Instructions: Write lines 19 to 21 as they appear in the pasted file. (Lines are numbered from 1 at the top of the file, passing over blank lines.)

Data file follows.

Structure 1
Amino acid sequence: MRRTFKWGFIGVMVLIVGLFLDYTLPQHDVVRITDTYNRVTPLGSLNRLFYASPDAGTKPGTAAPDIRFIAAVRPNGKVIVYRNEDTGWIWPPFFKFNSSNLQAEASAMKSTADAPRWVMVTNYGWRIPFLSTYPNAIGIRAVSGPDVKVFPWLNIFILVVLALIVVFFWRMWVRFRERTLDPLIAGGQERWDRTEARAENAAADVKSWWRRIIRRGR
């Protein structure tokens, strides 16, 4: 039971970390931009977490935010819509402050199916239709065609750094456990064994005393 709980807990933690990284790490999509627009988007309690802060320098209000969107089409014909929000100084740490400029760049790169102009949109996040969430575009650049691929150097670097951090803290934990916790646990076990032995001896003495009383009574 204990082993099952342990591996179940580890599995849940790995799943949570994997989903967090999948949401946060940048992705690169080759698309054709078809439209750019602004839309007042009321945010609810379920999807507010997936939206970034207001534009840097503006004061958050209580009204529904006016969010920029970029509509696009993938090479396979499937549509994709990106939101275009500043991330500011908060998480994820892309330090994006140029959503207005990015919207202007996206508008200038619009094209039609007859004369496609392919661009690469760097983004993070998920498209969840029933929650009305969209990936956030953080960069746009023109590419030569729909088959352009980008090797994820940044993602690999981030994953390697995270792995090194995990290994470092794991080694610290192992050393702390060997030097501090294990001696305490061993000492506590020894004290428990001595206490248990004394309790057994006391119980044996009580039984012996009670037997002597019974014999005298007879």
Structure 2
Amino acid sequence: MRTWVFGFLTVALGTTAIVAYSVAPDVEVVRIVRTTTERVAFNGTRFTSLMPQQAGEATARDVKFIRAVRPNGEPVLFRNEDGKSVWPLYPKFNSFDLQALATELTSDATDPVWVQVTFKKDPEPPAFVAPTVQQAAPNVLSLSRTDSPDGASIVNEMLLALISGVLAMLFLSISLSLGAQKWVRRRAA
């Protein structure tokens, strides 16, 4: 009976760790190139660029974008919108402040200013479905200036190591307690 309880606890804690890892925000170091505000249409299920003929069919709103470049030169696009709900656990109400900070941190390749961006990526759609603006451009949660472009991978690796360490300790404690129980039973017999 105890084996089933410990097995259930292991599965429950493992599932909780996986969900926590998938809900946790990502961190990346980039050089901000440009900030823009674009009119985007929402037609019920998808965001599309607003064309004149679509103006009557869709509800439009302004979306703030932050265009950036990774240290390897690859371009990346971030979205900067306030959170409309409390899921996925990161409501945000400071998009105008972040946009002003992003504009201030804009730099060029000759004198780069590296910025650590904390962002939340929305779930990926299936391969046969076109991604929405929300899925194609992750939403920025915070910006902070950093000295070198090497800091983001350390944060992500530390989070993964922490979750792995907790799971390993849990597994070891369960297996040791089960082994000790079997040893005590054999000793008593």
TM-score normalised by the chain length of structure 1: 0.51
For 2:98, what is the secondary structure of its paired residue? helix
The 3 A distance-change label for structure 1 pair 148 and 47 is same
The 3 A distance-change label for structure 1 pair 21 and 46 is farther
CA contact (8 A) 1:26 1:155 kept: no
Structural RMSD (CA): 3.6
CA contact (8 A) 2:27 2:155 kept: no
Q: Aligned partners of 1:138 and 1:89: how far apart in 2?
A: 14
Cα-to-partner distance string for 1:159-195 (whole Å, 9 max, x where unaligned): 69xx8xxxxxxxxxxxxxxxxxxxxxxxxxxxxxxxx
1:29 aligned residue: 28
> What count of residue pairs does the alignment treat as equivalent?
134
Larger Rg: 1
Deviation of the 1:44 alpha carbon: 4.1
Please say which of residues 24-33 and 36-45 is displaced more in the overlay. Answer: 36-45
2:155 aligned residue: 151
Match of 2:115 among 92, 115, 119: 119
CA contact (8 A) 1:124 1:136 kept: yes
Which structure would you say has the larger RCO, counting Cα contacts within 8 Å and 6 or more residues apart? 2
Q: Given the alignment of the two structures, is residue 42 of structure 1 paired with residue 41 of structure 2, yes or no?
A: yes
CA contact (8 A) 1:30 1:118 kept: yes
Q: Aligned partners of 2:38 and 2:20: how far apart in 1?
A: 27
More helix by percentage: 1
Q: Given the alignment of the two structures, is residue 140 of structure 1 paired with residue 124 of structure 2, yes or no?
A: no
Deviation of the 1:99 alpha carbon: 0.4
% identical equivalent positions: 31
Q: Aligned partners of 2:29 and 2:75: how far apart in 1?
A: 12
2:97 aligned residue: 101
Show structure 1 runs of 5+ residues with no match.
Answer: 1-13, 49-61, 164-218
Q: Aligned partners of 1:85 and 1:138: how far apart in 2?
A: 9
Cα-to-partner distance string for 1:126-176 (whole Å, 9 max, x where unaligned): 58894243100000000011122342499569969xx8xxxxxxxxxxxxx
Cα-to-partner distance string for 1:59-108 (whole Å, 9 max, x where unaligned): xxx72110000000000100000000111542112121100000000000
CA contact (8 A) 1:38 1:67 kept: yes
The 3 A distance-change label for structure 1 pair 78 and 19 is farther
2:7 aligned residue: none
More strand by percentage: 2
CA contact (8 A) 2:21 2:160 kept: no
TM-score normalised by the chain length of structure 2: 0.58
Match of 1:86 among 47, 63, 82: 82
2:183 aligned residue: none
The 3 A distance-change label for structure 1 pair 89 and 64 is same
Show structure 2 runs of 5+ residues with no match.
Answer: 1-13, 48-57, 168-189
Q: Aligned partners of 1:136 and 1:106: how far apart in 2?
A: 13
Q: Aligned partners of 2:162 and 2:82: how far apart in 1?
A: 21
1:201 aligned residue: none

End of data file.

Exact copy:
134
Larger Rg: 1
Deviation of the 1:44 alpha carbon: 4.1